This week our statistician Josh James looks at how long it takes Arsenal players to score their first goal.
Of the 19 players in the current first-team squad with at least one goal to their name, three matches is the most common length of time for a player to break their scoring duck.
Thomas Vermaelen is the only member of the first-team squad to have scored on his debut - against Everton at the beginning of the 2009/10 season.
The longest wait for any current outfield player for his first goal was 102 games - for Johan Djourou - before he finally found the net in a 4-4 draw at St James Park in February 2011.
There are currently five outfield players in the squad without a goal to their name (Per Mertesacker, Francis Coquelin, Carl Jenkinson, Emmanuel Frimpong and Olivier Giroud). Of these, Mertesacker has played the most games (30).
Of the 19 outfield players who have scored, the average number of games for them to net their first goal is 14.79.
Throughout history, the outfield player with the most Arsenal appearances without finding the net at all was Roddy McEachrane.
A defender (left half) who played for the Club during its Woolwich days, McEachrane racked up an amazing 346 appearances (all from the start of course, these were the days before substitutes) without scoring.
Having joined from West Ham in 1902, Roddy was a regular in the side for 11 seasons, before the outbreak of war forced his retirement in 1915. He made 313 appearances in the league (helping the side win promotion in 1903/04) and 33 in the FA Cup.
Whereas goalscoring evidently was not his speciality, he was a highly-accomplished defender. In fact McEachrane played in all eight games in 1903 when Arsenal set a club record for consecutive clean sheets. The record still stands today.
In all there have been 22 outfield players to play 50 or more games for Arsenal without scoring at least once.
Looking through that list of players, it's striking that the majority (72.7 per cent) of them finished their careers more than 50 years ago. Furthermore, only two of them played under Arsène Wenger (Oleg Luzhny and Matthew Upson).
So although goals were more plentiful during the pre-war era, these stats suggest that the goals were not shared out so much between the players, with defenders scoring fewer goals than in the modern era.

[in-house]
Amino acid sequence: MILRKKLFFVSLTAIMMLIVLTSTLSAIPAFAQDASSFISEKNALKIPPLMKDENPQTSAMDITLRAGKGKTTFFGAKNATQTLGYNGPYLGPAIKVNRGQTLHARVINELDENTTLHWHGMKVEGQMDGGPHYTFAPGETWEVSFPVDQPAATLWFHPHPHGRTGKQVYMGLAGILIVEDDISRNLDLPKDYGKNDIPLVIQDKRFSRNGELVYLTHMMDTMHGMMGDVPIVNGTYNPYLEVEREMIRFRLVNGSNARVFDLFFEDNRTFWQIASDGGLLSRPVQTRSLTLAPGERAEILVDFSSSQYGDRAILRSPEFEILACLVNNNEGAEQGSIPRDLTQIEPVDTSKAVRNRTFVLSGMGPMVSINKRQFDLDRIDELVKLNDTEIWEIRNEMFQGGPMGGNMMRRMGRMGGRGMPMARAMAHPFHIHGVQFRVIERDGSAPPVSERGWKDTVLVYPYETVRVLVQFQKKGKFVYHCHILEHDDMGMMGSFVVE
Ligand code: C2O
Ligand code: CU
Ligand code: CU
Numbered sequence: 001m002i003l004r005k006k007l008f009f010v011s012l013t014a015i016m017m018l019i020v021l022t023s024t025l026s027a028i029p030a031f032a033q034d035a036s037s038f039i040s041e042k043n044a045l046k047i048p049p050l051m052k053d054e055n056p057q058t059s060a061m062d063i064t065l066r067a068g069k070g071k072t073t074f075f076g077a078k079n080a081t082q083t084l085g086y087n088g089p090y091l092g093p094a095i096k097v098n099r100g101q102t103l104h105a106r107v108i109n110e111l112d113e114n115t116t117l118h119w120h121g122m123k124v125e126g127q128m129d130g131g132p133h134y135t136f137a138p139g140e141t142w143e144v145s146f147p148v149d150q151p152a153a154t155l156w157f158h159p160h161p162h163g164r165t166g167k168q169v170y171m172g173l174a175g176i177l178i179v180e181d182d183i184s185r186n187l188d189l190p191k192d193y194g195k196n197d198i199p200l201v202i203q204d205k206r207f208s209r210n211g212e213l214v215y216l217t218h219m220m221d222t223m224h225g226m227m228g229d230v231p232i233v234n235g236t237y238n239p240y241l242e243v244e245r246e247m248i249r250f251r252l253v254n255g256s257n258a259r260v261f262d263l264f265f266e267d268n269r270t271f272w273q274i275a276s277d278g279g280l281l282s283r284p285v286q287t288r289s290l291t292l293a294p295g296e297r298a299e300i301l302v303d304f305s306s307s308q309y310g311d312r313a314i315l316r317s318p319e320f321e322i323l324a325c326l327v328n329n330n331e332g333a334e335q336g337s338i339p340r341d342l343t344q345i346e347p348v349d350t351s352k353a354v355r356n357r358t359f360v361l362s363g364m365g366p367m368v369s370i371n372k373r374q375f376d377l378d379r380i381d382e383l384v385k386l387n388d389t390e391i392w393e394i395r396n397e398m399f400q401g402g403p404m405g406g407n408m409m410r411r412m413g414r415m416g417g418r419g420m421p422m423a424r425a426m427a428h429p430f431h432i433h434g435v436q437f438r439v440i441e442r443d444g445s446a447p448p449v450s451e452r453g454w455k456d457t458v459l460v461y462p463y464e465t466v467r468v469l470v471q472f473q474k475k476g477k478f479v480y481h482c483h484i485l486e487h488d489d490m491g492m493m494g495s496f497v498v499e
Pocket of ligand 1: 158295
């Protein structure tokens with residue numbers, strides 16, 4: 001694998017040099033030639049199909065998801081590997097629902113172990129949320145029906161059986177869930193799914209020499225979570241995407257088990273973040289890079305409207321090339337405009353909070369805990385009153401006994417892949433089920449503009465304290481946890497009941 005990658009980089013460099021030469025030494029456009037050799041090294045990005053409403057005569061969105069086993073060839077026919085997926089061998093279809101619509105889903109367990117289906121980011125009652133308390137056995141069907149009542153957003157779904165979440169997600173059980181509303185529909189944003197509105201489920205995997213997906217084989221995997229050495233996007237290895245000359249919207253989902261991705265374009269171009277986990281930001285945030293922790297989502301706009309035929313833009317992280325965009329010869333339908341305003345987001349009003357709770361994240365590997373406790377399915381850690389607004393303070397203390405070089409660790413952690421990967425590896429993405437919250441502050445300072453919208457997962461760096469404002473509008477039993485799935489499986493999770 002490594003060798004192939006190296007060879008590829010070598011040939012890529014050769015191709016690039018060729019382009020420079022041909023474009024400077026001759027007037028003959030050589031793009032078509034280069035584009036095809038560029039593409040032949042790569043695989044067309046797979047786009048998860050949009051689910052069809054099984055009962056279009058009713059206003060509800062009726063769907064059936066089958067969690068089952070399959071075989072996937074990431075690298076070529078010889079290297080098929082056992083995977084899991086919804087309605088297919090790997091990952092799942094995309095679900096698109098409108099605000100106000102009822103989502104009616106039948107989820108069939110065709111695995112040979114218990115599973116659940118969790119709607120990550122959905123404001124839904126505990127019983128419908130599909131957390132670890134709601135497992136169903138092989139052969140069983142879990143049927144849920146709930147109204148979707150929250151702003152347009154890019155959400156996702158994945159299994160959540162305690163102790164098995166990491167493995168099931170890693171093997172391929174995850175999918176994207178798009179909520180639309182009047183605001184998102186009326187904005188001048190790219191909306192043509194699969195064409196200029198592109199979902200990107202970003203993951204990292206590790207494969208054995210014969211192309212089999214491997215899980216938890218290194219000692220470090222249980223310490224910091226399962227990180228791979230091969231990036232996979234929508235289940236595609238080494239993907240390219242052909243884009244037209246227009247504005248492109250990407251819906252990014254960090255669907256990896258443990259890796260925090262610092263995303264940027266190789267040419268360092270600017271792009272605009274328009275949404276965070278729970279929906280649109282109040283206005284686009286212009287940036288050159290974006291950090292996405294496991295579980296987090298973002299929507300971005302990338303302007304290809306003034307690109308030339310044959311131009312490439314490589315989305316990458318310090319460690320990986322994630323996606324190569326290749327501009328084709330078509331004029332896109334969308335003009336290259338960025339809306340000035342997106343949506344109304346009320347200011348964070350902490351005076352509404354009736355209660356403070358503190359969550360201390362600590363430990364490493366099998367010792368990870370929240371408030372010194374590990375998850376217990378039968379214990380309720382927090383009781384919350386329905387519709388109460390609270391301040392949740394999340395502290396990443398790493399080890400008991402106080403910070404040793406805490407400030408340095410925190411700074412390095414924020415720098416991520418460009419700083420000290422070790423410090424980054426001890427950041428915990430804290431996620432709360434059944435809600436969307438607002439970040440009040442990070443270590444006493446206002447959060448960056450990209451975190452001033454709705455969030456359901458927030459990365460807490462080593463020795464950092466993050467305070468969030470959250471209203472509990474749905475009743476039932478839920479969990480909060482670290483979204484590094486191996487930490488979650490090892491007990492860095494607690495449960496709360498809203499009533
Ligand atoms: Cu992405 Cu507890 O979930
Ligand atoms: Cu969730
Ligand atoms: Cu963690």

So how important is it to get off the mark early? Perhaps the best way to answer this question is to look at the 17 players who reached three figures for Arsenal (the 100 Club) and identify how long it took each of them to score their first goal.
Five of the players (29.4 per cent) scored on their debuts, while the longest it took any of them to open their account was 10 games (Joe Hulme). The greatest Arsenal goalscorer of them all - Thierry Henry - took nine games to get going.
Henry played seven Premier League matches (two as a substitute) and one Champions League match (as a sub) before getting off the mark. On September 18, 1999, he came on as a 71st-minute substitute against Southampton at the Dell and scored the only goal of the game after 79 minutes.
Another legendary goalscorer, Dennis Bergkamp, also broke his duck against Southampton, in what was his eighth appearance.
In fact, for those looking for omens ahead of the Gunners' next game, two further players on the list also scored their first league goals against Southampton (Ian Wright and Robin van Persie) - though their first goals for the Club came in other competitions.
On average, the players in the 100 Club scored their first goal 4.41 games into their Arsenal career.
It's also worth noting that none of the three foreign players in the 100 Club scored in their first five outings, suggesting that players who join from outside the league do indeed benefit from a settling-in period.
|Player||Total goals||First goal game||First goal opposition|
|Ian Wright||185||1||Leicester City|
|Cliff Bastin||178||5||Sheffield Wednesday|
|Robin van Persie||132||6||Man City|
|David Jack||124||4||Sheffield United|
|Jack Lambert||109||8||West Ham|
|Frank Stapleton||108||2||Leicester City|
|Joe Baker||100||1||Leyton Orient|
While plenty of players have picked up the scoring habit early, there are a few examples of players having to endure a lengthy wait to celebrate their first strike.
Perhaps the most famous case was Danish midfielder John Jensen. Having joined the Club after scoring in the final of Euro 92, he didn't find the net in Gunners colours until midway through his third season in London - in what was his 99th game for Arsenal.
The memorable goal came against Queens Park Rangers, in a 3-1 league defeat at Highbury, on December 31, 1994. However it didn't open the floodgates - this was his only goal for Arsenal from 138 total appearances.
More recently, defender Gael Clichy didn’t score his first Arsenal goal until his 162nd match. That also came in a defeat - 2-1 at Stoke on November 1, 2008. He ended his Arsenal career with two goals from 264 games.
Stats correct as at September 4, 2012.
Josh James also provides the stats for the Arsenal Analysis pages of the matchday programme.5 Sep 2012